Tuesday, December 4, 2012

Thoughts on World AIDS Day

AIDS Memorial Quilt
National Mall, Washington DC
In all honesty, it was a week of AIDS.

Early in the week I completed the first draft of the second book in the Friend Grief series: Friend Grief and AIDS: Thirty Years of Burying Our Friends. As the week progressed, that high was sustained by anticipation. I was going to a screening of United in Anger and then to a memorial service, organized by a friend and led by my former pastor.

But in between the book draft and Saturday, that anticipation became tempered with frustration. The first World AIDS Day was in 1988: why are we still commemorating it? Why do we still need to commemorate it?

By Friday, my frustration had hardened into anger. I wanted to scream at news people who talked about “celebrating” World AIDS Day. “Celebrating”? What exactly are we celebrating – 34 million people infected and another 30 million already dead? Little children in Africa who are raped because superstition holds that having sex with a virgin will cure AIDS?  Young gay men getting infected on purpose, to access social services and the sympathy of their peers?

On World AIDS Day, I sat through United in Anger, an excellent new documentary about ACT UP, still angry.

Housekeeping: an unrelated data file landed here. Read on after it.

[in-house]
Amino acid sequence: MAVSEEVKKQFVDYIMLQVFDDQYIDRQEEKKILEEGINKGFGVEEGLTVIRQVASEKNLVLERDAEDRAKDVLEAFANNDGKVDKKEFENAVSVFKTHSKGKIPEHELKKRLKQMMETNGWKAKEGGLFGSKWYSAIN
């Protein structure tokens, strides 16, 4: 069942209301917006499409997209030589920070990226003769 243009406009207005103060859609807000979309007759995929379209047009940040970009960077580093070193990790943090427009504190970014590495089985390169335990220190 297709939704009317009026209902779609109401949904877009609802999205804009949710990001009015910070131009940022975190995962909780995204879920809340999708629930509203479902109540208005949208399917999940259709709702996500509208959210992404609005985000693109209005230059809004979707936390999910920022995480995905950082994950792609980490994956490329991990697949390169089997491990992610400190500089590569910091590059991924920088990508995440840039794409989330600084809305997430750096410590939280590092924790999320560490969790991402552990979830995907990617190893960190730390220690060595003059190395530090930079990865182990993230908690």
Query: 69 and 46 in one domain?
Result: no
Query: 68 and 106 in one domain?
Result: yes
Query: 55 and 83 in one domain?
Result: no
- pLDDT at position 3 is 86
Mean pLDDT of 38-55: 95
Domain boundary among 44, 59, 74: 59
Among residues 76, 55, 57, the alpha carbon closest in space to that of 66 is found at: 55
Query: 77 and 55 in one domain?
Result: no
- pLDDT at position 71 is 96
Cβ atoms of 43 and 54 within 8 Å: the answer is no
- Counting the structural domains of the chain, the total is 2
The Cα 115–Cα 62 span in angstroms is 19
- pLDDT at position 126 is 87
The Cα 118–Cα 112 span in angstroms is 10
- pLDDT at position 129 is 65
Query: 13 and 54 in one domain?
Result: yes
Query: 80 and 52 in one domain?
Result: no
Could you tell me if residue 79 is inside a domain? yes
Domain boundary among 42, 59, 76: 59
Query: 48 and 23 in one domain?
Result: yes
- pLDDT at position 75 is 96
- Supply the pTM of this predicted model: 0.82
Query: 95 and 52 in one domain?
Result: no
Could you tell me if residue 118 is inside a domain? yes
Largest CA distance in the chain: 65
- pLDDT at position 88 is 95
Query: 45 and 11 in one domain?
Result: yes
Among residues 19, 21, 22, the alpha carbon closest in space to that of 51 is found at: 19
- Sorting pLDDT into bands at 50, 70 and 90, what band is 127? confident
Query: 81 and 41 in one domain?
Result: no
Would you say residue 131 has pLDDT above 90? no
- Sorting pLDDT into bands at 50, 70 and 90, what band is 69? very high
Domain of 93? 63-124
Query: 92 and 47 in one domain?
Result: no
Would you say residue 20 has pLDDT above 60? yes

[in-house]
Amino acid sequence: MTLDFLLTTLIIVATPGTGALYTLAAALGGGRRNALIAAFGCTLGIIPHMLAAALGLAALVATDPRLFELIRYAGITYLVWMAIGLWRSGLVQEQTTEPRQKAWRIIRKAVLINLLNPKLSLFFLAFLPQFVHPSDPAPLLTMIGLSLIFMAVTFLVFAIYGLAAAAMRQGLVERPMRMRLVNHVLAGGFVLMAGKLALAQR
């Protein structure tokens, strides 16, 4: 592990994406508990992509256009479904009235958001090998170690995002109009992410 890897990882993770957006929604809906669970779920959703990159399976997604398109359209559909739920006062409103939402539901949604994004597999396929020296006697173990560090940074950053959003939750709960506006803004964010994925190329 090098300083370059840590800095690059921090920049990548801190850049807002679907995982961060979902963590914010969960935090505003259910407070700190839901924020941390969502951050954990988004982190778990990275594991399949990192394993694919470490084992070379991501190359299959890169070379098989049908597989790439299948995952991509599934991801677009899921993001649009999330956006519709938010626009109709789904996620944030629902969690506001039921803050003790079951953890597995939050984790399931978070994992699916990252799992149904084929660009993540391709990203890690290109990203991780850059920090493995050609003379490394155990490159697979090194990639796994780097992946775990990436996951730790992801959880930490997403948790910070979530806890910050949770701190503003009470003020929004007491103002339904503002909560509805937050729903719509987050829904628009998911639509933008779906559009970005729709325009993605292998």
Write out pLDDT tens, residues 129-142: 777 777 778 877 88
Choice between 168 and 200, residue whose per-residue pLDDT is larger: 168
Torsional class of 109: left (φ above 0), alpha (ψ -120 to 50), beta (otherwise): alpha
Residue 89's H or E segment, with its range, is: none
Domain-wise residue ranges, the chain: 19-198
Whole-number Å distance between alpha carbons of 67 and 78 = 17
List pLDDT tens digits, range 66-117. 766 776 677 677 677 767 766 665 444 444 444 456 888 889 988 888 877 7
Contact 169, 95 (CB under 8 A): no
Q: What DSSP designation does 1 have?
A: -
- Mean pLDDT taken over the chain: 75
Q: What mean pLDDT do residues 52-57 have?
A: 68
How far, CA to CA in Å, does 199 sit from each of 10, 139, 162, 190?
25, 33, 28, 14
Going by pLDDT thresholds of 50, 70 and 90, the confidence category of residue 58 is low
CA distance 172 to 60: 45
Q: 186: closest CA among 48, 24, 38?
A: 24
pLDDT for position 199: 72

At the memorial service that evening, I calmed down a bit. The opening hymn was one that always makes me cry, so perhaps that was all I needed to get rid of some of that anger. I listened to testimony from people living with AIDS, men who, years ago, would have never willingly offered their full names.

What I ultimately took away from the service – and the documentary – was that AIDS is one of those issues, one of those moments in time. It brought out the worst in a lot of people, and still does. It seems inconceivable that it could bring out the best in people, too.

The professor who led the Q&A after the film looked remarkably unremarkable. But this gentle man had been a member of ACT UP Chicago, demonstrating and sitting-in to demand better treatment for his dying friends.

The priest who led the memorial service admitted his homophobia and fear when the epidemic began: attitudes that changed when he witnessed the bravery of friends taking care of their friends.

And that is, finally, what I took away from the day: the bravery of friends. Abandoned by families, many people with AIDS had/have no one left to turn to.

Their friends fought for them, cared for them, buried them. And some have been doing it for decades.

Perhaps what we really need is a World Friends Day.



To learn more about United in Anger, click here.


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